We named our last camper the Damper Camper because for the first dozen times we took her out, it rained for at least a portion of the time we were gone.So we wanted to make sure we gave our new rig just the right name. And because of that, we waited to see what kind of new adventures she would take us on. Our last trip out, she gave us her name.
Our trip took us to Edisto Beach, SC, south of Myrtle Beach, to see the Atlantic Ocean, walk on the beach, stuff like that. We would stay one night in Augusta, GA on the way there and three nights at Stone Mountain, GA on the way back. Seems kinda straight forward, doesn’t it?We had a great first day on the road. A little hectic getting through Atlanta for us country folk, but we made it just fine.
Until we came to the RV park where we were spending the night. The two-lane road in front of the park was undergoing an extensive re-do, like having great big holes in the road, big equipment everywhere, men with hard hats milling around, dust everywhere. We managed to get into the park where the manager met us in a golf cart to show us our spot. It was very windy and chilly, so we didn’t try to sit outside. We just had some supper, watched some TV and went to bed, because the next day was going to be full of travel again.At some point during the early morning, we were awakened by a strident and urgent BEEP-BEEP-BEEP over and over again as the construction equipment was working on the road about 200 yards away.
Shortly after that, there came a loud knock on our door. It was the manager with a map of the park, showing how to get out on the road because the road crew had moved down and was now blocking the way we had gotten in the day before.So we got it all together and left for Edisto Beach, the beeping a mere, irritating memory.
We were at Edisto Beach for 7 nights. And we were enjoying ourselves, sitting out at the campsite, walking on the beach. The campsite was a little close to a two-lane road that had not shown up on the map of the park, but all in all, very nice.Until 3 days before we left. We could hear something in the distance, some kind of noise, getting closer and closer. Finally we could identify the sound -- BEEP-BEEP-BEEP over and over and over! Turns out they were repaving the road that ran alongside part of the RV park. Our part of the park, of course.
Now, you know how construction crews and road crews get accused of standing around and doing nothing. But I’ve always thought that if you really watched them, you coud see that they were usually making pretty good time getting the road fixed. And I’m sure there are fine road crews in SC that zoom right through their repaving chores.This crew was not one of them.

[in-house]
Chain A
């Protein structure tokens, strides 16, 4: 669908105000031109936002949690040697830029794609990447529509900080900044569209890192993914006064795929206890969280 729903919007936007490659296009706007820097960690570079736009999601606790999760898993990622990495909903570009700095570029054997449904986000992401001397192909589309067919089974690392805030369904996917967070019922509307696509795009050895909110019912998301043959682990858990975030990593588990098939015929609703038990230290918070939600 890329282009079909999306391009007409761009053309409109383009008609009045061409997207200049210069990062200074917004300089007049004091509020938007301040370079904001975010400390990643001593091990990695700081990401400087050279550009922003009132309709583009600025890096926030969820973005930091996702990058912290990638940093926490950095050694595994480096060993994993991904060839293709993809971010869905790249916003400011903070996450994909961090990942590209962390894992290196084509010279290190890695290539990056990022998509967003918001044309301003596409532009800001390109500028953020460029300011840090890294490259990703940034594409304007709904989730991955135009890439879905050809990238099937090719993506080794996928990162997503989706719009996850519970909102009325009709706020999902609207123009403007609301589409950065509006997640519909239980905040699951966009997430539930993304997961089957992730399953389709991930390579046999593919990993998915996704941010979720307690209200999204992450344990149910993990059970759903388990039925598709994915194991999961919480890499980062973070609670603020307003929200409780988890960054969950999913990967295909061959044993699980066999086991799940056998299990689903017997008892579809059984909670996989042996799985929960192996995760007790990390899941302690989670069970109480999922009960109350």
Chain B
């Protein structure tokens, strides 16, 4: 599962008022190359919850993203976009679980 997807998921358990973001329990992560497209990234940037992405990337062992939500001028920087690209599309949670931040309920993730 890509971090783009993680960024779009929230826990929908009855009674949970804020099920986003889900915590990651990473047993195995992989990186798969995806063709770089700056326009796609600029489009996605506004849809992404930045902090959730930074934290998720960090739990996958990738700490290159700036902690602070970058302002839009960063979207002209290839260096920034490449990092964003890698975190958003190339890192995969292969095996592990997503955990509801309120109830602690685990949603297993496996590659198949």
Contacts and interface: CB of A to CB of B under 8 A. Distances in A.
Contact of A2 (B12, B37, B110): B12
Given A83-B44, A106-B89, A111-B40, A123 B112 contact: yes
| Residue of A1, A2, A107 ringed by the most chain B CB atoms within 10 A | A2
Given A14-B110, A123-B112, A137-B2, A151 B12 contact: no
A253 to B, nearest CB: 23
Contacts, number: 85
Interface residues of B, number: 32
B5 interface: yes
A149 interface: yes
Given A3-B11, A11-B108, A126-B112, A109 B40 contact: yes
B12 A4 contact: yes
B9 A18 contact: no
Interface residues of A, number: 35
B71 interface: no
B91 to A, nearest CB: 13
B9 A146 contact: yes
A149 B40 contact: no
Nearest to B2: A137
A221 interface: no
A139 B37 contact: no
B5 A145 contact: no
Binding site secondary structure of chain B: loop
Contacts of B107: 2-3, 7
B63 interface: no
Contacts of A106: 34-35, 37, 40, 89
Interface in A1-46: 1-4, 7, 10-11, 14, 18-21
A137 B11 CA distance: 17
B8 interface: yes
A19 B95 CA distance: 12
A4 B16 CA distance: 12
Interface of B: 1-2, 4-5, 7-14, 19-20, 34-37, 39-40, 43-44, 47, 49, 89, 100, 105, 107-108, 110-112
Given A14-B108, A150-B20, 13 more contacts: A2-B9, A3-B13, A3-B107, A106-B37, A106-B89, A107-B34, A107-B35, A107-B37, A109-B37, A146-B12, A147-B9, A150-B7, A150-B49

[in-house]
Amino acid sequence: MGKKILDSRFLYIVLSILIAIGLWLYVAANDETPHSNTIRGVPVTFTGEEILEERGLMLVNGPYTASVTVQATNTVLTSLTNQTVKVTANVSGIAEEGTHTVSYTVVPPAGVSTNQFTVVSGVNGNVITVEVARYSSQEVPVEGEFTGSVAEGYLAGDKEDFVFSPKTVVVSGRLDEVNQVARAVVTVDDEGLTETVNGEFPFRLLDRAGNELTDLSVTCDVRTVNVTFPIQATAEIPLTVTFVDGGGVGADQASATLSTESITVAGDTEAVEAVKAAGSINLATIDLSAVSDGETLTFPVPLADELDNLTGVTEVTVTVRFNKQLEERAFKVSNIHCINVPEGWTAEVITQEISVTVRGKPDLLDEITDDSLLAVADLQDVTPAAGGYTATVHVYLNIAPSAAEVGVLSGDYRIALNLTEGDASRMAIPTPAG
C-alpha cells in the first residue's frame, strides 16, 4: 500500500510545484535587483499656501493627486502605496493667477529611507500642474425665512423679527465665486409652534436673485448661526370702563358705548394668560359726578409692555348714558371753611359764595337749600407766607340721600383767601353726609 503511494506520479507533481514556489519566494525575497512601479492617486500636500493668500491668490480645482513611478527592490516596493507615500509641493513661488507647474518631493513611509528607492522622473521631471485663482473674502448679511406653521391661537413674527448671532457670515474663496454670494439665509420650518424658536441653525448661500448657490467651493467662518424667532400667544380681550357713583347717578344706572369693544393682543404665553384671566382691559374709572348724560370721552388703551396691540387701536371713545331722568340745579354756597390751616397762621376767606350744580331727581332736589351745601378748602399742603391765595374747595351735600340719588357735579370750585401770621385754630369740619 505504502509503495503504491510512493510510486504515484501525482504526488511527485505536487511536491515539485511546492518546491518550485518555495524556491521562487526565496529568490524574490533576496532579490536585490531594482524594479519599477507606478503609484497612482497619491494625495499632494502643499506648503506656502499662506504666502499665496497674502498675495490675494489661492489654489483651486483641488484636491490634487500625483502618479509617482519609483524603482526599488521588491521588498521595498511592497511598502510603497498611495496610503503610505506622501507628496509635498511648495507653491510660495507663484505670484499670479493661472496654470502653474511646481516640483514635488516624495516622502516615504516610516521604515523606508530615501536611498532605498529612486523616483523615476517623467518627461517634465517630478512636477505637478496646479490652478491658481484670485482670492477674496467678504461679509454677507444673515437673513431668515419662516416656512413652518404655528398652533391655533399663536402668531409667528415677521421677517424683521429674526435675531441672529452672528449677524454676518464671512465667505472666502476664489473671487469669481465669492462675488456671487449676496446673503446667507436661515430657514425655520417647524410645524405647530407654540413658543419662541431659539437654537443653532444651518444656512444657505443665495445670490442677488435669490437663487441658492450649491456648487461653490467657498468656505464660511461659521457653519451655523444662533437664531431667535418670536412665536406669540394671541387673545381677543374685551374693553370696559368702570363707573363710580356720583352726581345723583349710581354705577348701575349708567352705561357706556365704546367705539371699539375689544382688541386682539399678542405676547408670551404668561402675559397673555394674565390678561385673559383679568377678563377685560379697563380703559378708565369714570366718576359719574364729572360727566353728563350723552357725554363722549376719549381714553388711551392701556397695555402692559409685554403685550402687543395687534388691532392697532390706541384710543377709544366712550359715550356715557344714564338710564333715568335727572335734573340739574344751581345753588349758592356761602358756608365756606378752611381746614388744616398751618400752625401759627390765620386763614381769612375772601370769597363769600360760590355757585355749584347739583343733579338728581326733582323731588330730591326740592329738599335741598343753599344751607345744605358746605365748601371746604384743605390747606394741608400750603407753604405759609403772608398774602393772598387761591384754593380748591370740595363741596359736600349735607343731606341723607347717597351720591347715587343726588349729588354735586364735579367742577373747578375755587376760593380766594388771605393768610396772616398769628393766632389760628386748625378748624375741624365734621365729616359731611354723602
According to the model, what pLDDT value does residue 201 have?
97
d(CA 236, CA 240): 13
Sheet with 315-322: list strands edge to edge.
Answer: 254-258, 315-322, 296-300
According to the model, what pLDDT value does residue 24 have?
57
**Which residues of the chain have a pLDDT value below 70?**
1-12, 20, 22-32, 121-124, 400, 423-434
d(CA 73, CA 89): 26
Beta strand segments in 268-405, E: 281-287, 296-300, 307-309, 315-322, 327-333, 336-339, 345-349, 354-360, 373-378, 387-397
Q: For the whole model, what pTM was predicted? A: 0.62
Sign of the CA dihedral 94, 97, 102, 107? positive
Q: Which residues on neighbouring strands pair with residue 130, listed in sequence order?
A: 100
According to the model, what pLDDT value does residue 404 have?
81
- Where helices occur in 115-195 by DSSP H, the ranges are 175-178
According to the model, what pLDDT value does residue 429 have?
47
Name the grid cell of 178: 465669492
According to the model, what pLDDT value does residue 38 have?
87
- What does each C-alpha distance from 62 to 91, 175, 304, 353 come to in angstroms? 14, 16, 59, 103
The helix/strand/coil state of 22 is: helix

The road really wasn’t that long. I don’t know what the hold-up was, but for 3 days we awakened to the BEEP-BEEP-BEEP. It was getting closer and closer, louder and louder. David asked if we could move to a different part of the park the first day we heard it. No. Could we have a refund so we could at least leave a few days early? No.Well, okay, then. We stuck it out. But on the second day, when the tar smell was about to choke me and the ground was trembling beneath me, I hollered at David, “I’m going in the camper.” I usually don’t holler at David, but I did that time so he could hear me!
It wasn’t that we couldn’t come and go out of the park. We could and we did. But it was a big hassle because they were only letting one lane of traffic go at a time. And since we were always at an exit to the park that was in the middle of the only letting one lane of traffic go at a time, we had to have a special hard hat guy come and figure out the configuration of the traffic flow so we could move in or out.We found some solace on the beach, which was down the road from the repaving. The night before we left, we were sitting on the beach, watching the surf, the birds, the clouds. We looked at each other with love, the love that comes from being soul mates for most of our lives.
“David,” I said quietly.“Yes?” he answered sweetly.
“Do you hear a BEEP-BEEP-BEEP?”“Yes, I do,” he said calmly.
“Good,” I said. “I thought I was hearing things.”You guessed it – the repaving had miraculously gotten in gear to reach the entrance to the beach. Except it was still up at our park, too. Amazing. It was like a rubber band – it just kept stretching and stretching.
So on the third day, we awoke to the BEEP-BEEP-BEEP. We actually used it as an alarm clock. Why bother to set one when these guys got there earlier than you usually woke up?So off we went to Stone Mountain, GA. Have you ever been there? It’s a great place and has so many things to see. We had never stayed at the RV park before, so we were looking forward to that.
We had an uneventful trip, found the RV park fairly shortly upon arrival. We were just turning the corner to check in and find our campsite when a sign caught my eye.“Repaving will begin on October 16.” Today was October 16.
Once again, the BEEP-BEEP-BEEP. But this road crew was very fast, and we hardly heard them or saw them even as we moved around the park.God knew we just couldn’t take anymore. Thank you, God! And I mean that literally.
So now to the name. I thought it should somehow reflect all the road work we had encountered, so I offered the Beepster. No, David didn’t like that. He came up with one that I can’t really reveal here. I could see how it applied, though.We finally decided on the Roadrunner because that was certainly its language. Do you know any other creature that says “BEEP-BEEP-BEEP”?